At the same time, there are real dangers in this world, and it seems only common sense to try to dodge them as best I can. So perhaps I just need to learn to view my own suspicions with a healthy dose of suspicion — and to strike a better balance between prudence and trust.


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About Abigail Hickman
Abigail teaches English at A-B Tech and is happily nestled into a Weaverville neighborhood. She enjoys eating Ben and Jerry's ice cream directly from the container.

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20 thoughts on “Suspicious minds: Paranoia, prejudice and common sense

  1. Let's Be Honest

    Black males make up about 6% of the population but commit 50% of murders and 55% of robbery according to the FBI That being the case, are we really being paranoid to be especially suspicious of black males? “There is nothing more painful to me at this stage in my life than to walk down the street and hear footsteps… then turn around and see somebody white and feel relieved.” -Jesse Jackson

    • bsummers

      That’s one way to look at it. Another way, from that report, is this:

      “White individuals were arrested more often for violent crimes than individuals of any other race, accounting for 58.7 percent of those arrests.”

      • Bsummers is an apologist

        bsummers you are just trying to cherry pick a number that you think makes whites look as guilty as blacks, but you are wrong. If 72.41% of the population represents 58.7% of violent crime and 12.61% represents 38.5% of crime you wind up with a probability of being arrested for violent crime that is almost FOUR TIMES higher for blacks that whites. Also take note that the federal government counts hispanics as white when they are arrested but hispanic when they are victims leading to an higher number of “white arrests” and a gap in violent crime that is bigger than the numbers show.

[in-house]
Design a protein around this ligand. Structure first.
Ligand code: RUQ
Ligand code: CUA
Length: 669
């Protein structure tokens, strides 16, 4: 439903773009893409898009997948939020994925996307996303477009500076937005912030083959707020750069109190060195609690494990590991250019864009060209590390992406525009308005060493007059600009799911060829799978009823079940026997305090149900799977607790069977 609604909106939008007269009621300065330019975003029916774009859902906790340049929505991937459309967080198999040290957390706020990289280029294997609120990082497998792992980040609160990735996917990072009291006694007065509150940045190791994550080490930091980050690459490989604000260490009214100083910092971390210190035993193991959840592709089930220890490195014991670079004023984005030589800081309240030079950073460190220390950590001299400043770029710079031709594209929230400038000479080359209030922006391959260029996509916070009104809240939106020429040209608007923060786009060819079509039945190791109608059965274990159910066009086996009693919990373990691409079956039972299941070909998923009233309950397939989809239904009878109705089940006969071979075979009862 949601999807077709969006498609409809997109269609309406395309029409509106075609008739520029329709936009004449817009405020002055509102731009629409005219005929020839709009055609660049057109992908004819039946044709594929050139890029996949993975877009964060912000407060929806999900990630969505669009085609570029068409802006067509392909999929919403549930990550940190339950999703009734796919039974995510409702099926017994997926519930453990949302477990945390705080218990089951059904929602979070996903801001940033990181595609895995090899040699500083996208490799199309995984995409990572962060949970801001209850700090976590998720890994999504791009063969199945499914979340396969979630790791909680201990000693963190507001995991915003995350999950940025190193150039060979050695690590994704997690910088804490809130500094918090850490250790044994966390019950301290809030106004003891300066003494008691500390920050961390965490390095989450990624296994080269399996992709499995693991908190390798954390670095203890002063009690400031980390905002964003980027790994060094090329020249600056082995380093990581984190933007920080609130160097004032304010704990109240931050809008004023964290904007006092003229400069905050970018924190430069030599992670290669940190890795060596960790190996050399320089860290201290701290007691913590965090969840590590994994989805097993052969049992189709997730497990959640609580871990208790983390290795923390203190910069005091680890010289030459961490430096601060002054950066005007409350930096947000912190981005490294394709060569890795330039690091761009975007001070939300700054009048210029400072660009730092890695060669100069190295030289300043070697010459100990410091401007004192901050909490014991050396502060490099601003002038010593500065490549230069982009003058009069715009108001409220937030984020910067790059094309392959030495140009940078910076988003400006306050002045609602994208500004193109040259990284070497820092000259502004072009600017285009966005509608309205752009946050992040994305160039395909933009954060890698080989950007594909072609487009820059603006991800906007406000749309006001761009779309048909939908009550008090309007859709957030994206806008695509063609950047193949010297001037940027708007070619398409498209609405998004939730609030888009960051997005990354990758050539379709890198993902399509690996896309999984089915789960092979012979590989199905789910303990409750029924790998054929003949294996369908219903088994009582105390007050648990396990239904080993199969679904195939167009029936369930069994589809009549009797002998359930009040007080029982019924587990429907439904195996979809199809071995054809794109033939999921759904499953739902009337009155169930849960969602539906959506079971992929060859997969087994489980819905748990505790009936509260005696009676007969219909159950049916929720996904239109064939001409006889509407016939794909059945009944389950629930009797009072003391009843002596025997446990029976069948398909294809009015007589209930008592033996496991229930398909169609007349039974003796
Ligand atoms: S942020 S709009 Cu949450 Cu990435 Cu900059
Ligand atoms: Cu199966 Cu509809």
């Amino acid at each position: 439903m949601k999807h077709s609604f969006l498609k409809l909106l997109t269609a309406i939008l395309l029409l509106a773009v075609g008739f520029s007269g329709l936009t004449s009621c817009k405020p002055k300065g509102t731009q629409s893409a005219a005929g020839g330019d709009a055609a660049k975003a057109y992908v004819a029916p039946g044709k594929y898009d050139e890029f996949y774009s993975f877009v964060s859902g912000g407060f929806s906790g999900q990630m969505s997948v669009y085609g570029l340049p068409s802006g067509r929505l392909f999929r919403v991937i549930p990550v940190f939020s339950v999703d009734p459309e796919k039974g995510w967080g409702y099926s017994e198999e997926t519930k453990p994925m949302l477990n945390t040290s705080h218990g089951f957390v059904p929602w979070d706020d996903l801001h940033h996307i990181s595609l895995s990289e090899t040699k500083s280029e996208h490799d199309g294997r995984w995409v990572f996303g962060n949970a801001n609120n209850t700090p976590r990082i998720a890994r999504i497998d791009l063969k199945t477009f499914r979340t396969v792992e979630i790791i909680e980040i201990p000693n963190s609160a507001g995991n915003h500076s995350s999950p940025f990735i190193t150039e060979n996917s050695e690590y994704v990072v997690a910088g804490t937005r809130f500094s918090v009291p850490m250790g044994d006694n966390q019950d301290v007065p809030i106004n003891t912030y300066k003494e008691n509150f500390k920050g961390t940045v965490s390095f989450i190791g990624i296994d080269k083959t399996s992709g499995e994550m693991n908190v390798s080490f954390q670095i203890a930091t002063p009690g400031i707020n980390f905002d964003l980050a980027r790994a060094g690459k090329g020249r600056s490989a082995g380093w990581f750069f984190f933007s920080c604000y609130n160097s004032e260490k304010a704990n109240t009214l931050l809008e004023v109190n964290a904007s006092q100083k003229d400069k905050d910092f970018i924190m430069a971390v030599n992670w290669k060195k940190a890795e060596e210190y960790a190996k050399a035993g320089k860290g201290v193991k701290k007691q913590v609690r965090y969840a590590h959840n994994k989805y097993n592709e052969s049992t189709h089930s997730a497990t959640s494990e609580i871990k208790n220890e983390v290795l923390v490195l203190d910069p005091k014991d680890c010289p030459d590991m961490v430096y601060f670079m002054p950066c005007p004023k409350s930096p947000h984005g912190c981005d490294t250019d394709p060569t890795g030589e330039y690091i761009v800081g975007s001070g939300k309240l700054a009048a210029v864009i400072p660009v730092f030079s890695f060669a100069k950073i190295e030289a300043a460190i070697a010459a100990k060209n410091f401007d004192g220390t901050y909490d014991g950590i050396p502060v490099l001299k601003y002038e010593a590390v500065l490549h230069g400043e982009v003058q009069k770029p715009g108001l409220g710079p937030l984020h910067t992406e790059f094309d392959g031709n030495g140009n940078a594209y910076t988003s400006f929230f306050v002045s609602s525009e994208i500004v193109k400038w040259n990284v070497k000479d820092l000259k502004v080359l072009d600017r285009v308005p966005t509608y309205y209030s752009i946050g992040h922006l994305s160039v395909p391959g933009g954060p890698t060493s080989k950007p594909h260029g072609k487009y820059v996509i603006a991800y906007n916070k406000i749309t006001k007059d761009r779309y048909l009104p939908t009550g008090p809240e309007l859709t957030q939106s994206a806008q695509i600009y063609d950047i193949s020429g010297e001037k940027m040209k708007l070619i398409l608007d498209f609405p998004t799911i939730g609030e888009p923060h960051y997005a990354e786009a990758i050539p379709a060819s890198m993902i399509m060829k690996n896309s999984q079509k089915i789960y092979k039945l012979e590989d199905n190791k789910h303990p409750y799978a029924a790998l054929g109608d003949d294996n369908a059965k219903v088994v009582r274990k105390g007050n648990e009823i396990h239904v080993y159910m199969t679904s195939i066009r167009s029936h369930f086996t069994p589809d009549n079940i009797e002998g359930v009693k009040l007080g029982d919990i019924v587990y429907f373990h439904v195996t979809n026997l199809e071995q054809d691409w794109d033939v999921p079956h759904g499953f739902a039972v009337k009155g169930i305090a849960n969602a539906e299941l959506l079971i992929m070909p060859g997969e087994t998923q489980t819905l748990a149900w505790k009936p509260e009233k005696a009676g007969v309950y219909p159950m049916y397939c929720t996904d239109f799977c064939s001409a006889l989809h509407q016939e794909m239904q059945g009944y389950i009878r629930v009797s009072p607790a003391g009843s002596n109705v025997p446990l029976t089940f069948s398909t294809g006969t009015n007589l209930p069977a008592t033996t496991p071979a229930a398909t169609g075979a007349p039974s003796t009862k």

• bsummers

          I didn’t “cherry pick” anything. That’s a quote that the FBI felt compelled. for whatever reason, to place at the bottom of those tables. If I had to guess, they probably felt like it was worth mentioning that, despite higher rates among certain races, you’re still more likely to be victimized by a white person than any other race in this country.

          Really? You go by the handle “Bsummers is an apologist”? Life must have been pretty unfulfilling for you up to now, waiting for some reason for that name to mean something.

          • Bsummers is an apologist who missed the point of my post

            The point is that when Jesse Jackson turns around and sees a white man he is 4 times less likely to be victimized than when he sees a black man. Of course the majority of the population is going to be responsible for the majority of crime, the point is that there is a small segment of the population that is committing a hugely disproportionate share of violent crime. Making excuses for that or claiming that some other group is bad too does not change the facts. P.S. I love that you replied to yourself 2 hours later. Talk about unfulfilled, you probably won’t sleep tonight trying to figure out how to explain the data away.